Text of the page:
Hey, It’s Your Old Pal
When you’re an editor with one of the glossy sailing magazines, marine manufacturers are always glad to see you. You’re working for the readers, but rarely at the expense of an advertiser or a potential advertiser. It’s not the same when you work exclusively for the readers. When I went to the Miami boat show this year I was a bit taken aback to find that my Practical Sailor name tag brought some ill will as well as praise — bitter ill will in a couple of cases, even from old friends.
When the marine manufacturers win, they like us. They post copies of our articles in conspicuous places. When they don’t win, it can be tough on both their pride and their business, and they, in turn, can be tough on us. Sometimes they take a second- or third-place finish in stride. Sometimes they thank us for pointing out deficiencies and head back to the drawing board. But sometimes they tell us we’ve tested wrong, or didn’t ask the right questions, and we don’t know what we’re talking about.
The readers almost never suffer as a result of this love-hate relationship. The readers (aka “the customers”) almost always benefit, and that’s the main point of the exercise.
A couple of other points: First, the boatbuilding and gear manufacturing industries have been in and out of a crucible in the last 15 years, and may be headed into another one. As a result of economic heat, manufacturers of truly lousy products don’t last long. Most of the major systems of larger sailboats — hull and appendages, steering, standing and running rigging, deck hardware, engines — are of respectable quality today. Structurally, most modern boats are up to the worst that 95% of the sailors on the water will ever put them through. The devil, however, is in the details — electronics, plumbing, finish work, materials, and the host of odds and ends that can make sailing pleasant or unpleasant, safe or dangerous.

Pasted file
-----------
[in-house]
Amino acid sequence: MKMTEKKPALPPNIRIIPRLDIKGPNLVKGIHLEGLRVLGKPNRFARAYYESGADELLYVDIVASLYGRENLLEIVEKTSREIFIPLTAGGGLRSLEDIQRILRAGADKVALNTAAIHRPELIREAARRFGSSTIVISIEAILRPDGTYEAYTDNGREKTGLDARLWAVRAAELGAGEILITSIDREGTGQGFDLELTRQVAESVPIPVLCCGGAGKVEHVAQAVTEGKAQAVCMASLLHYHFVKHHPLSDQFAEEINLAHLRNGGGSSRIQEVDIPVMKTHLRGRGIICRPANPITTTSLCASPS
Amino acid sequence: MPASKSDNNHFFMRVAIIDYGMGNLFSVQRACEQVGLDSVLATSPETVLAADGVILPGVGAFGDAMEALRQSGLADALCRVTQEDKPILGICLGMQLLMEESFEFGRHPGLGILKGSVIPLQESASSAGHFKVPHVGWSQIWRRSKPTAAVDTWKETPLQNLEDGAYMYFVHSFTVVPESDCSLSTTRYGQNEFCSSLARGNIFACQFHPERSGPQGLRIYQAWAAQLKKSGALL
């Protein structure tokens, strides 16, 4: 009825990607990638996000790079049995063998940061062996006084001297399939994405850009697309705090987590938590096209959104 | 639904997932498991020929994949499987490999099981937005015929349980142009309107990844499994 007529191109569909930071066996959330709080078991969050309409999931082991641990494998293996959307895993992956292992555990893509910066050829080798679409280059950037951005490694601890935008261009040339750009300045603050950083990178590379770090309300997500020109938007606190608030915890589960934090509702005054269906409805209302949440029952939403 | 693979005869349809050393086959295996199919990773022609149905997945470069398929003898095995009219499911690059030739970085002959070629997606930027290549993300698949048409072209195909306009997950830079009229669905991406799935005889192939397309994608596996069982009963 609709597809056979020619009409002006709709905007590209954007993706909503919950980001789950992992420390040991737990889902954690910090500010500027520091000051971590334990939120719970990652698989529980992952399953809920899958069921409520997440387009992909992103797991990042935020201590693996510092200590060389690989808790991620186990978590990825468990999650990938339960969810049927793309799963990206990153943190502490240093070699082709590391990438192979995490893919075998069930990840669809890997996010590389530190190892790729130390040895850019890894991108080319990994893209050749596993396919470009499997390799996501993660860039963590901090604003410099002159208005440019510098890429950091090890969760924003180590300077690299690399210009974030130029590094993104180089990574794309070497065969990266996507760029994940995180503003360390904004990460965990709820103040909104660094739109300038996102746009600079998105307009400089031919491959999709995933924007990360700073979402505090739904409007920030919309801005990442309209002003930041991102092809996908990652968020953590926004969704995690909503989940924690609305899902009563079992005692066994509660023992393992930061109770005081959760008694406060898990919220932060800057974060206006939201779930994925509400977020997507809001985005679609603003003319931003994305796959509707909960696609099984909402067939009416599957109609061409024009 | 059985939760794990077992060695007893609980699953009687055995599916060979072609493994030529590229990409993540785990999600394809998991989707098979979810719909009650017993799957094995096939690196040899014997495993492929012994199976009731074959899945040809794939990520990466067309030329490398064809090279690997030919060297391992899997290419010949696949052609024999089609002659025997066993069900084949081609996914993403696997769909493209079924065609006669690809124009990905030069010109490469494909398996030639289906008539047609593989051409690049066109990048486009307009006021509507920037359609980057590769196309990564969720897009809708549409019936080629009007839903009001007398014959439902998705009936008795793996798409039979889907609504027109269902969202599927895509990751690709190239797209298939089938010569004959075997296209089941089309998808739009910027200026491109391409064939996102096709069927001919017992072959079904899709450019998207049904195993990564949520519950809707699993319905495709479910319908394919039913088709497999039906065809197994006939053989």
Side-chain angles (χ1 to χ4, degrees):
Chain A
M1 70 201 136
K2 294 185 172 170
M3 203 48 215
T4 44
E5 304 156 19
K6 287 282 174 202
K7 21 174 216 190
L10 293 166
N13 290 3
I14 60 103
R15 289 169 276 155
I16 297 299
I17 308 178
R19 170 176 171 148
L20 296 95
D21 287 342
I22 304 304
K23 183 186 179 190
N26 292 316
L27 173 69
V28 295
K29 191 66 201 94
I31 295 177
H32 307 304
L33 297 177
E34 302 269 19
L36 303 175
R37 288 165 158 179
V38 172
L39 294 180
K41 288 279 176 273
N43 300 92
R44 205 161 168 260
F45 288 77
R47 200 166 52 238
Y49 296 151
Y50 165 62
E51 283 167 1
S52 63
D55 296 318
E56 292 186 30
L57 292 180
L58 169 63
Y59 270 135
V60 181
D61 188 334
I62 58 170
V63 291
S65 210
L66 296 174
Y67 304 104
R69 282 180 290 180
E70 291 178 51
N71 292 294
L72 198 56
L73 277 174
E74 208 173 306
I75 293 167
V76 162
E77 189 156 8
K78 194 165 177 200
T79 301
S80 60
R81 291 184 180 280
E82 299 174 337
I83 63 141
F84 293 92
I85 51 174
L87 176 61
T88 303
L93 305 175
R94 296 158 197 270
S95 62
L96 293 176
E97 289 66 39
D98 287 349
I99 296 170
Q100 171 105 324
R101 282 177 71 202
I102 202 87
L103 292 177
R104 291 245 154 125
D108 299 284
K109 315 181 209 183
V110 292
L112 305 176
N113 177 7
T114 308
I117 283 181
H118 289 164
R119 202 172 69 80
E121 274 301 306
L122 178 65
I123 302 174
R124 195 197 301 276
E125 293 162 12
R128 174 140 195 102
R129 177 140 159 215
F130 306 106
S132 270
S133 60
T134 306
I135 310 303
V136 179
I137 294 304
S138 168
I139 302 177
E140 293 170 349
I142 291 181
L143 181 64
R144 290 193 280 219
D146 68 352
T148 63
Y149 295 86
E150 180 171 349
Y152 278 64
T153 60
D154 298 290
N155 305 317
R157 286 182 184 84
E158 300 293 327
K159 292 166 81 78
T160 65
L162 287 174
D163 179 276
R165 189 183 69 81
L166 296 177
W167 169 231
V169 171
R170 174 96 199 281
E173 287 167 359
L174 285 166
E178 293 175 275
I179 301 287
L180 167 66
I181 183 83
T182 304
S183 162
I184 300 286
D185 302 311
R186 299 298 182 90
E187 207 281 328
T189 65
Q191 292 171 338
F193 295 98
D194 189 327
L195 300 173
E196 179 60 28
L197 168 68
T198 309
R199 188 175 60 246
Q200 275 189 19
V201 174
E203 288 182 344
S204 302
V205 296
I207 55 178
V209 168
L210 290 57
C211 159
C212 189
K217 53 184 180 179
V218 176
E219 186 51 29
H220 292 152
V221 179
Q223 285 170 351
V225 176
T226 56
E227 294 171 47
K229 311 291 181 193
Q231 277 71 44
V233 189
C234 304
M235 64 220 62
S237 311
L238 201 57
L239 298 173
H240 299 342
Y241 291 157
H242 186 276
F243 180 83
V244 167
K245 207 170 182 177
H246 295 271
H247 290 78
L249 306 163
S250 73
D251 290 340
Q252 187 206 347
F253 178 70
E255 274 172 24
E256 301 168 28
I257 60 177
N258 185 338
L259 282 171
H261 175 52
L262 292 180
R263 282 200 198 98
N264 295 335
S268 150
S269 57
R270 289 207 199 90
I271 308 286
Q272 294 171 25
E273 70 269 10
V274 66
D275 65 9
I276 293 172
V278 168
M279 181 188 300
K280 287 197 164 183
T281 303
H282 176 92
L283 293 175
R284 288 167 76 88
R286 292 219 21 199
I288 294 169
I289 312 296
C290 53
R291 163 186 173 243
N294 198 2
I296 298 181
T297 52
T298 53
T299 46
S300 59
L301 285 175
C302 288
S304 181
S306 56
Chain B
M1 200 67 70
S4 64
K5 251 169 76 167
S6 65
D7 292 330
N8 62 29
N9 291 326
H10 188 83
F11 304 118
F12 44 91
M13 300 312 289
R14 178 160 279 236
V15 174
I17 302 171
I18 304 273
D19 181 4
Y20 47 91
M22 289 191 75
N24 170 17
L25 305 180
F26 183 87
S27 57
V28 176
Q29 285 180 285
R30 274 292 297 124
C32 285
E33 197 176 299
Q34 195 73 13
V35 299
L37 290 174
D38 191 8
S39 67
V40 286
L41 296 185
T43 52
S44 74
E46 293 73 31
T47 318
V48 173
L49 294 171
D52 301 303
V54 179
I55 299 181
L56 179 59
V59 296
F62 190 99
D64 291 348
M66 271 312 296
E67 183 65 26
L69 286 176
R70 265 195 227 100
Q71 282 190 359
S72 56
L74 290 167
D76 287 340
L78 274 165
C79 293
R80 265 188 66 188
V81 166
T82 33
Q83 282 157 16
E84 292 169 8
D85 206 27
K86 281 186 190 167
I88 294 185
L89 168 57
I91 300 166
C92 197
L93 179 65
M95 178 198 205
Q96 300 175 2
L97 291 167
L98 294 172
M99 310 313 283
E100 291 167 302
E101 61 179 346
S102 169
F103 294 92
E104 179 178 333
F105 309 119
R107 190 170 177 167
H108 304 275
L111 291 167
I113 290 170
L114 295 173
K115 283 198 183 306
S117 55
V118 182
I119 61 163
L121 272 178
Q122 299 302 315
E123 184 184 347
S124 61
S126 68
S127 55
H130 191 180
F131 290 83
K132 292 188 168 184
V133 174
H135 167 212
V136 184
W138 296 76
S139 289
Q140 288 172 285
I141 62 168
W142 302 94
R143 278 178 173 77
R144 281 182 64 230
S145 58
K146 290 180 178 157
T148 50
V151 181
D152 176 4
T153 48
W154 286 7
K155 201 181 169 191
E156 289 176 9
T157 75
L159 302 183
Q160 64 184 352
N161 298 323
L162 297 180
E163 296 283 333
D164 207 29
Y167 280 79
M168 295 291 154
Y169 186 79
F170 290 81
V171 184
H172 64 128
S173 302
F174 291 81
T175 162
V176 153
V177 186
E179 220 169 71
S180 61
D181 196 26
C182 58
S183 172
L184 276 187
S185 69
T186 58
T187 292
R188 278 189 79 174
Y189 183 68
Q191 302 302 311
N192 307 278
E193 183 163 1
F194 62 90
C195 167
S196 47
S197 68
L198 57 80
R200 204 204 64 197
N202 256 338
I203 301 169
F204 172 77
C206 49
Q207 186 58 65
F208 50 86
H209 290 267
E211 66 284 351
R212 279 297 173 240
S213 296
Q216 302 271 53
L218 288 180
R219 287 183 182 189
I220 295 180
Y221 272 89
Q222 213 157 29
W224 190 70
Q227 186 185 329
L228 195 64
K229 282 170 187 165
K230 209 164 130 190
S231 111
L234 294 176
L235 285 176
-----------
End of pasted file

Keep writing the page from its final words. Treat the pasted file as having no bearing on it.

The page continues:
The choices that Practical Sailor makes are, we hope, clearly defined in a framework of utility, cost, adaptability, features and functions, and, when we can manage it, longevity. We often choose a “Best Buy,” when a product performs well relative to the dollars invested. We also regularly say things like “this is the best, but it’ll cost you,” or “we can’t recommend this one because...” You readers are smart; you know your own boats, budgets, needs, and preferences well enough to separate your logic from ours. This is why you often buy products we don’t rate at the top.
Second, I try to point out to manufacturers, not too defensively, that the triangle between them, us, and you, the reader, is a continuum. In Miami one manufacturer told me that we’d left an important product out of a test. Another, whose product hadn’t fared well in one of our tests, said the test method had been misleading. Another, whose competitor had done better in a test, said that if we’d investigated further we’d have found out that his competitor’s device generated seriously flawed data.
When I asked each of these people whether they’d written us a letter to share this information, they all said no, they hadn’t gotten around to it.
When a manufacturer thinks we’ve treated them unfairly, we expect to hear about it, and if it’s not obviously sour grapes we’ll pass it along to you. Similarly, when you think we’ve made a bad call, you should write. A letter in Mailport from a well-informed reader — someone, for example, who’s lived in the real world with a product we’ve only bench-tested — carries more weight in the long run than any headline we write. Word gets around. Mistakes and omissions get corrected in the continuum — but only when everyone contributes.
Occasional squalls aside, our relations with marine manufacturers are good. Most of them know that we’re here to help inform decision-making among people who are already pretty careful and discerning buyers.